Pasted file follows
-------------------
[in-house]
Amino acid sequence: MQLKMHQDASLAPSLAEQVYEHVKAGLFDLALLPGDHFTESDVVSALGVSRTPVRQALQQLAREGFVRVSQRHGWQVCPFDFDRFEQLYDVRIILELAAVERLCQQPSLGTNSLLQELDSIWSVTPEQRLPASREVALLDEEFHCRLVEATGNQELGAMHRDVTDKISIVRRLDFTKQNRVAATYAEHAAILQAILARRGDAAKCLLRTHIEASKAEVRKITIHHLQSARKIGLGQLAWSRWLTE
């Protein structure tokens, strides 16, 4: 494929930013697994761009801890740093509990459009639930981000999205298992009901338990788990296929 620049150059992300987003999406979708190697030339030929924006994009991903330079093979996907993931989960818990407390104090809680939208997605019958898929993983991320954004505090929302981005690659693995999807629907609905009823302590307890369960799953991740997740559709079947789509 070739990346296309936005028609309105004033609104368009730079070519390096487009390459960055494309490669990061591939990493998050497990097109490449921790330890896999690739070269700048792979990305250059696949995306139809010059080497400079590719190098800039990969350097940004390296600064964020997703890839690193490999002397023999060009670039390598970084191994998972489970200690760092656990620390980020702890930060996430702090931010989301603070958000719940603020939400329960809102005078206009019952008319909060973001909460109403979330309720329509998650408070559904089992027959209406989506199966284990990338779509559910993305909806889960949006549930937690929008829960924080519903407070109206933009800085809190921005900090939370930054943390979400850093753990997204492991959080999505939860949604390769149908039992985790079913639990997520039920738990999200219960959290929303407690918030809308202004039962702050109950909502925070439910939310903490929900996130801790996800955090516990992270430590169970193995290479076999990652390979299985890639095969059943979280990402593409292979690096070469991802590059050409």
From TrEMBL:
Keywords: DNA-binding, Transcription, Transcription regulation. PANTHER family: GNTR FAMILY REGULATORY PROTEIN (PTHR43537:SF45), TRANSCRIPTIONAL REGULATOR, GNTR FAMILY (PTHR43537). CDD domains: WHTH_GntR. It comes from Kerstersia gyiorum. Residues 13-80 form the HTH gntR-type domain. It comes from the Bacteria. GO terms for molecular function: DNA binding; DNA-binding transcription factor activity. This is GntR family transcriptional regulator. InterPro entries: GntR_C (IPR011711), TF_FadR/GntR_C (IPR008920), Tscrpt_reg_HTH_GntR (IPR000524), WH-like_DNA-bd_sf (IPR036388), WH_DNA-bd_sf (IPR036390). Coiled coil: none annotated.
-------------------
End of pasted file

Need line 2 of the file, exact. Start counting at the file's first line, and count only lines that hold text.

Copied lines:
Amino acid sequence: MQLKMHQDASLAPSLAEQVYEHVKAGLFDLALLPGDHFTESDVVSALGVSRTPVRQALQQLAREGFVRVSQRHGWQVCPFDFDRFEQLYDVRIILELAAVERLCQQPSLGTNSLLQELDSIWSVTPEQRLPASREVALLDEEFHCRLVEATGNQELGAMHRDVTDKISIVRRLDFTKQNRVAATYAEHAAILQAILARRGDAAKCLLRTHIEASKAEVRKITIHHLQSARKIGLGQLAWSRWLTE